Garnets are beautiful things, not just because you find them almost anywhere you shop for jewelry in South Florida, but because for those of us who like red gemstones, they’re a much more affordable alternative to rubies. But while the January birthstone is most frequently found in deep, dark red—and you’ll see plenty of examples when you shop for jewelry in Fort Lauderdale—did know that garnets also come in earth shades including green, yellow, and orange?
In addition to other colors, garnets—whose name comes from Latin for “granum,” or grain—also go by other names, including Arizona ruby, Arizona spinel, Montana ruby, or New Mexico ruby. That just goes to show you how much they resemble their more precious ruby cousins. Like rubies, garnets are relatively hard stones, which means they wear well over time; this is why they appear to the favorite stones in the antique and estate pieces you find in South Florida pawn and jewelry shops—they’ve been able to survive years of being tossed around jewelry boxes and thrown into the backs of closets and drawers!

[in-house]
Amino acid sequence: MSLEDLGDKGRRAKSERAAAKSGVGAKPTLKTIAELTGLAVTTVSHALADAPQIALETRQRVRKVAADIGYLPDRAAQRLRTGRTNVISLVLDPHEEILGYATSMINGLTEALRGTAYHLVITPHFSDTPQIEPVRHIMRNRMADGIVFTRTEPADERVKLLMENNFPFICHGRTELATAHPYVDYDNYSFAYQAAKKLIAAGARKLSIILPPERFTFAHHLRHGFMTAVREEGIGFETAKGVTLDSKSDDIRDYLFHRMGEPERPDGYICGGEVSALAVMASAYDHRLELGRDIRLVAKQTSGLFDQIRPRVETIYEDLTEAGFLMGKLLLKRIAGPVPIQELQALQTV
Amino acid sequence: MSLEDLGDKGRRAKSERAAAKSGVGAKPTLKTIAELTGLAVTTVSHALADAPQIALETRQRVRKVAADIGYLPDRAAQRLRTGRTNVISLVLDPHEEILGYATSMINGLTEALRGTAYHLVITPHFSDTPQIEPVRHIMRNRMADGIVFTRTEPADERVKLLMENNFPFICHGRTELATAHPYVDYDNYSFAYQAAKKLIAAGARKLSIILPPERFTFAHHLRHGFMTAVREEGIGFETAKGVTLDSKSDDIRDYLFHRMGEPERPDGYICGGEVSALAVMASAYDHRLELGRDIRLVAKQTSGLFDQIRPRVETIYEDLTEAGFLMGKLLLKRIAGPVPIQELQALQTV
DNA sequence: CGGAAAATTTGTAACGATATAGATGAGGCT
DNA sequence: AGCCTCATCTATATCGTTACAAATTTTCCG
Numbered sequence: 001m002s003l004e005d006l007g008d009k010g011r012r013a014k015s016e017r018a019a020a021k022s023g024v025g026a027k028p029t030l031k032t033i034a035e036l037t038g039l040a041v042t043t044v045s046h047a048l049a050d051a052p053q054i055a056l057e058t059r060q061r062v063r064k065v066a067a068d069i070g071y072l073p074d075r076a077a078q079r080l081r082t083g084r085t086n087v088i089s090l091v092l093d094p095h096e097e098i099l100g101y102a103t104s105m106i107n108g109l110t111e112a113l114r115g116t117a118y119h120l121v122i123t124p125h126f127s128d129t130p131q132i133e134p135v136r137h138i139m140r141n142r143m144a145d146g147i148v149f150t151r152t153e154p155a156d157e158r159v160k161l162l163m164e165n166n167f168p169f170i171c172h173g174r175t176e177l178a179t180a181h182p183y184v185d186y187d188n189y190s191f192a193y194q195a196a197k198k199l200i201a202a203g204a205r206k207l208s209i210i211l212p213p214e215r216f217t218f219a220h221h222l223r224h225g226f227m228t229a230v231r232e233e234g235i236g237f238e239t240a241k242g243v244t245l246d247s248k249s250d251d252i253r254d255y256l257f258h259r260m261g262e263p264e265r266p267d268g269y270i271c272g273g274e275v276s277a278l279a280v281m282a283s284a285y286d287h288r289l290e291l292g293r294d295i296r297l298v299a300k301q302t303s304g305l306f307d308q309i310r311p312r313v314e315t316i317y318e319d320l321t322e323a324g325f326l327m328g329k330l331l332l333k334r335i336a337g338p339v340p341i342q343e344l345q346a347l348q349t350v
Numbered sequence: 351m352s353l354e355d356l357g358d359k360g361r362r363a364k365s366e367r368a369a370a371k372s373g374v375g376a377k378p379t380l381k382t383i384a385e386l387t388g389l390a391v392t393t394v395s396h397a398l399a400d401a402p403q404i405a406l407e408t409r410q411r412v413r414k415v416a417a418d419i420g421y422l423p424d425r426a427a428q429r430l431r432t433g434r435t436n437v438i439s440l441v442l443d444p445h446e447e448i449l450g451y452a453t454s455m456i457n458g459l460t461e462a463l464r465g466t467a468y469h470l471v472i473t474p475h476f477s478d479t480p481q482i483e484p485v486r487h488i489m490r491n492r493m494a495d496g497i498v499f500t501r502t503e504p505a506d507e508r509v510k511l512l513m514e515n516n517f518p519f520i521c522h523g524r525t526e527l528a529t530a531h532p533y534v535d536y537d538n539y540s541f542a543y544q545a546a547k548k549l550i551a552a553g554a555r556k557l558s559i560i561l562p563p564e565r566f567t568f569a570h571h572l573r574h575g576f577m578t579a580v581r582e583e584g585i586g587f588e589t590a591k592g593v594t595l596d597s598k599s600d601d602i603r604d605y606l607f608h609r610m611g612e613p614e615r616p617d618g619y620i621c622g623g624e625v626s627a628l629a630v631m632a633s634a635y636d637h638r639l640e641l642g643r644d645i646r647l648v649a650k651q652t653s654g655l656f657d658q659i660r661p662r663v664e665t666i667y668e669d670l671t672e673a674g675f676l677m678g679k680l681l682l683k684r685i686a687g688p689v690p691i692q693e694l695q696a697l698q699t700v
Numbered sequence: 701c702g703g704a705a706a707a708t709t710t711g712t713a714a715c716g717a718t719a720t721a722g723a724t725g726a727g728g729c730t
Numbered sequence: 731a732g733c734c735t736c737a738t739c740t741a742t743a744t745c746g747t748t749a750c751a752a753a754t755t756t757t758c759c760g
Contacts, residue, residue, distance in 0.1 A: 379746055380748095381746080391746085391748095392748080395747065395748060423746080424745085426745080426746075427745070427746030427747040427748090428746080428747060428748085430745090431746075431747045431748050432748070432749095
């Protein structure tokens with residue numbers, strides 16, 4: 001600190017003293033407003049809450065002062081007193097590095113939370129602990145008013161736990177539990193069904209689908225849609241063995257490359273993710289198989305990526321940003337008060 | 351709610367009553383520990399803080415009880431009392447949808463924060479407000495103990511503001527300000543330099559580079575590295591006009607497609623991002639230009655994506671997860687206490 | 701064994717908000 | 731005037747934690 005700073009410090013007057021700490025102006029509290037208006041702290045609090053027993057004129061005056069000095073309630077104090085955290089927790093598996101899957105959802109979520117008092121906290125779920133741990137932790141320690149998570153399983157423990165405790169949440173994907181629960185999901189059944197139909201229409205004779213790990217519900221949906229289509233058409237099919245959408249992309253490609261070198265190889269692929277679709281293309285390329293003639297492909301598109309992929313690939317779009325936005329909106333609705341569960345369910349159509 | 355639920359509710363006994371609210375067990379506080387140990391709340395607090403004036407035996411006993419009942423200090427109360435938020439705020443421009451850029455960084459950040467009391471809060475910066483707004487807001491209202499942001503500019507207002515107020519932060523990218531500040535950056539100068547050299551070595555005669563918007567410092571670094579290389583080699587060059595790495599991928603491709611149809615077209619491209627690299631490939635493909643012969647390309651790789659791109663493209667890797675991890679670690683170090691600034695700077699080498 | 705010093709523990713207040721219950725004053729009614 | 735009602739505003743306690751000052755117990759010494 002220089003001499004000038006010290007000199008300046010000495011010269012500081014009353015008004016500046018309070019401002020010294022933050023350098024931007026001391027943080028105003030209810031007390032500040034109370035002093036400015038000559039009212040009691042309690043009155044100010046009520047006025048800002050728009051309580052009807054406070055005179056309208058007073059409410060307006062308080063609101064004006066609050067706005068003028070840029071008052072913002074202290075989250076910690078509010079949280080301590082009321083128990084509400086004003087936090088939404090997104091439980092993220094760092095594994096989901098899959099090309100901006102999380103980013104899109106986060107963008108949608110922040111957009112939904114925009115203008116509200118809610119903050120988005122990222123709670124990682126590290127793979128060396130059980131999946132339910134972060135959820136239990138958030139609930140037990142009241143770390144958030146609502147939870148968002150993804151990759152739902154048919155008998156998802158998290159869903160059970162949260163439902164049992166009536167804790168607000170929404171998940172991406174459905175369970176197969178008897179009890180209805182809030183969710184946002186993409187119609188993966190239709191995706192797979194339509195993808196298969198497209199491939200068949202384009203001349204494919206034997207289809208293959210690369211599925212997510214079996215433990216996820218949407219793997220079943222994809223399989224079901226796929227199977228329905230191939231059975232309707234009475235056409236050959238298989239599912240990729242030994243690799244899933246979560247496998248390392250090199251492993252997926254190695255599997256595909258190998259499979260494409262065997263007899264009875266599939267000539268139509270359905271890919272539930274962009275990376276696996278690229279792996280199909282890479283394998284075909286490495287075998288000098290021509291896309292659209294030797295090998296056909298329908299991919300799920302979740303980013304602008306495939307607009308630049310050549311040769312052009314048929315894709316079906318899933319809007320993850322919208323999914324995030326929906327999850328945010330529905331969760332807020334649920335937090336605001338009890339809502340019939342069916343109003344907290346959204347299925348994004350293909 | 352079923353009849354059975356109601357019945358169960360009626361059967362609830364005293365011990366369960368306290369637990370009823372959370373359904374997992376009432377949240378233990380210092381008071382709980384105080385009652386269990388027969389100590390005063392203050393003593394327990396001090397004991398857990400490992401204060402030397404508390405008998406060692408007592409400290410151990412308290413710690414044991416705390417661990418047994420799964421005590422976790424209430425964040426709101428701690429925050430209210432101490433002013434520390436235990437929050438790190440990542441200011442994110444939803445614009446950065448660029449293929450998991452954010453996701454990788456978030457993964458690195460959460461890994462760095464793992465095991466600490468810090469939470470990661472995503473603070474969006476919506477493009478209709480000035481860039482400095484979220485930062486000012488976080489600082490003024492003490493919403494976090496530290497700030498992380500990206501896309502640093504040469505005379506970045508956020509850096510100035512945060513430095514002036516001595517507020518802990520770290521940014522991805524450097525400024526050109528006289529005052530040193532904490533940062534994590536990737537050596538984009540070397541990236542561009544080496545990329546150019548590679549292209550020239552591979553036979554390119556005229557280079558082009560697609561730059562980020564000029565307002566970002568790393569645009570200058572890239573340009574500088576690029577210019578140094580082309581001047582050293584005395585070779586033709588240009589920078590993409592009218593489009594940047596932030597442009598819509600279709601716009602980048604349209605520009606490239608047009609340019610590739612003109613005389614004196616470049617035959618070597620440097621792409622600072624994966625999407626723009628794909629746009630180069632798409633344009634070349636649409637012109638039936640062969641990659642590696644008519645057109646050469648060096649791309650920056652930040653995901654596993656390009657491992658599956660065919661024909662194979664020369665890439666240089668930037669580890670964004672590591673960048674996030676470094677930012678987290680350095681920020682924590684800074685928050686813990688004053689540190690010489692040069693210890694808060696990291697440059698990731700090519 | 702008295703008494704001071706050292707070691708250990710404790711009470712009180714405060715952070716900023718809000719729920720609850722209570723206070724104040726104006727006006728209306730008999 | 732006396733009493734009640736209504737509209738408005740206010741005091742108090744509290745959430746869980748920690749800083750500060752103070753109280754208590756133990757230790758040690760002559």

Garnets are also highly refractive and early explorers and travelers thought the light they gave off had protective qualities, and sought them out as good luck charms. It’s even said that Noah used a garnet to help him steer the ark!